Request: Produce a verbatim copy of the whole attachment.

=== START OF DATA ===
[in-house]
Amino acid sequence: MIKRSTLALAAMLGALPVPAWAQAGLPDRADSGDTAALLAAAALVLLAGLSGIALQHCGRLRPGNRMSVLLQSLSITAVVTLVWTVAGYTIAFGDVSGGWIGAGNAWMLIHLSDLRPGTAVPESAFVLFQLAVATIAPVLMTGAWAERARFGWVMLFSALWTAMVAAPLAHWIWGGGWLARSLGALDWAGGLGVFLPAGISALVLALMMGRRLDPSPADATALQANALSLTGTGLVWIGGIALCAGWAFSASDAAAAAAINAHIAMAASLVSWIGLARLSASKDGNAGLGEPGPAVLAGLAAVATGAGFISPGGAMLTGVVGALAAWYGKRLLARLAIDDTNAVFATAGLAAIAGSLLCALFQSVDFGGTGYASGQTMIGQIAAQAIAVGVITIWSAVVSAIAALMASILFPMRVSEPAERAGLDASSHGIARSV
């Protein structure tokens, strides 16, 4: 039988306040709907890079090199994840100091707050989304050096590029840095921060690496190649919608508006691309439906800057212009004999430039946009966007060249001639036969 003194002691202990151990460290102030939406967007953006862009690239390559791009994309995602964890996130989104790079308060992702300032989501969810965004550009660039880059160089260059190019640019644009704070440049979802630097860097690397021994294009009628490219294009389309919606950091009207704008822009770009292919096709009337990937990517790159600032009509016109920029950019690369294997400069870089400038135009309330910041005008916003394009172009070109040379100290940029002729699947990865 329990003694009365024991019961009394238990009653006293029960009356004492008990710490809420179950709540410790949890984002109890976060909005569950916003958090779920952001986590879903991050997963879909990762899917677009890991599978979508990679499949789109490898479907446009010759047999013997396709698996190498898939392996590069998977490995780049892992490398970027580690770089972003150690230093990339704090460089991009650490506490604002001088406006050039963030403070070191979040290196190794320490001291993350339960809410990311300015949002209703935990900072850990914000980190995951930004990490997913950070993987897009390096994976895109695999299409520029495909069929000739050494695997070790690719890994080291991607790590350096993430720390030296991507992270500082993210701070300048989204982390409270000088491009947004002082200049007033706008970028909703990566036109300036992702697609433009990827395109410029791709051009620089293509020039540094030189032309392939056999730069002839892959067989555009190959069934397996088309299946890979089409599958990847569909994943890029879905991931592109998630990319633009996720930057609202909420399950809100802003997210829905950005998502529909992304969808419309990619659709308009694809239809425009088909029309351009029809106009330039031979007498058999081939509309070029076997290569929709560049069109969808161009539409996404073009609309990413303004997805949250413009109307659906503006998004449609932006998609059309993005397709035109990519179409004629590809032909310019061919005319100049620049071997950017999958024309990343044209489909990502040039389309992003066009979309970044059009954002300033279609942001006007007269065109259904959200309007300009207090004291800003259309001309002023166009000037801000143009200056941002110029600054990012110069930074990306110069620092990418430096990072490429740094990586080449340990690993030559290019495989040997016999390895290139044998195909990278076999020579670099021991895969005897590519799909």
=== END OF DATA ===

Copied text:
[in-house]
Amino acid sequence: MIKRSTLALAAMLGALPVPAWAQAGLPDRADSGDTAALLAAAALVLLAGLSGIALQHCGRLRPGNRMSVLLQSLSITAVVTLVWTVAGYTIAFGDVSGGWIGAGNAWMLIHLSDLRPGTAVPESAFVLFQLAVATIAPVLMTGAWAERARFGWVMLFSALWTAMVAAPLAHWIWGGGWLARSLGALDWAGGLGVFLPAGISALVLALMMGRRLDPSPADATALQANALSLTGTGLVWIGGIALCAGWAFSASDAAAAAAINAHIAMAASLVSWIGLARLSASKDGNAGLGEPGPAVLAGLAAVATGAGFISPGGAMLTGVVGALAAWYGKRLLARLAIDDTNAVFATAGLAAIAGSLLCALFQSVDFGGTGYASGQTMIGQIAAQAIAVGVITIWSAVVSAIAALMASILFPMRVSEPAERAGLDASSHGIARSV
């Protein structure tokens, strides 16, 4: 039988306040709907890079090199994840100091707050989304050096590029840095921060690496190649919608508006691309439906800057212009004999430039946009966007060249001639036969 003194002691202990151990460290102030939406967007953006862009690239390559791009994309995602964890996130989104790079308060992702300032989501969810965004550009660039880059160089260059190019640019644009704070440049979802630097860097690397021994294009009628490219294009389309919606950091009207704008822009770009292919096709009337990937990517790159600032009509016109920029950019690369294997400069870089400038135009309330910041005008916003394009172009070109040379100290940029002729699947990865 329990003694009365024991019961009394238990009653006293029960009356004492008990710490809420179950709540410790949890984002109890976060909005569950916003958090779920952001986590879903991050997963879909990762899917677009890991599978979508990679499949789109490898479907446009010759047999013997396709698996190498898939392996590069998977490995780049892992490398970027580690770089972003150690230093990339704090460089991009650490506490604002001088406006050039963030403070070191979040290196190794320490001291993350339960809410990311300015949002209703935990900072850990914000980190995951930004990490997913950070993987897009390096994976895109695999299409520029495909069929000739050494695997070790690719890994080291991607790590350096993430720390030296991507992270500082993210701070300048989204982390409270000088491009947004002082200049007033706008970028909703990566036109300036992702697609433009990827395109410029791709051009620089293509020039540094030189032309392939056999730069002839892959067989555009190959069934397996088309299946890979089409599958990847569909994943890029879905991931592109998630990319633009996720930057609202909420399950809100802003997210829905950005998502529909992304969808419309990619659709308009694809239809425009088909029309351009029809106009330039031979007498058999081939509309070029076997290569929709560049069109969808161009539409996404073009609309990413303004997805949250413009109307659906503006998004449609932006998609059309993005397709035109990519179409004629590809032909310019061919005319100049620049071997950017999958024309990343044209489909990502040039389309992003066009979309970044059009954002300033279609942001006007007269065109259904959200309007300009207090004291800003259309001309002023166009000037801000143009200056941002110029600054990012110069930074990306110069620092990418430096990072490429740094990586080449340990690993030559290019495989040997016999390895290139044998195909990278076999020579670099021991895969005897590519799909």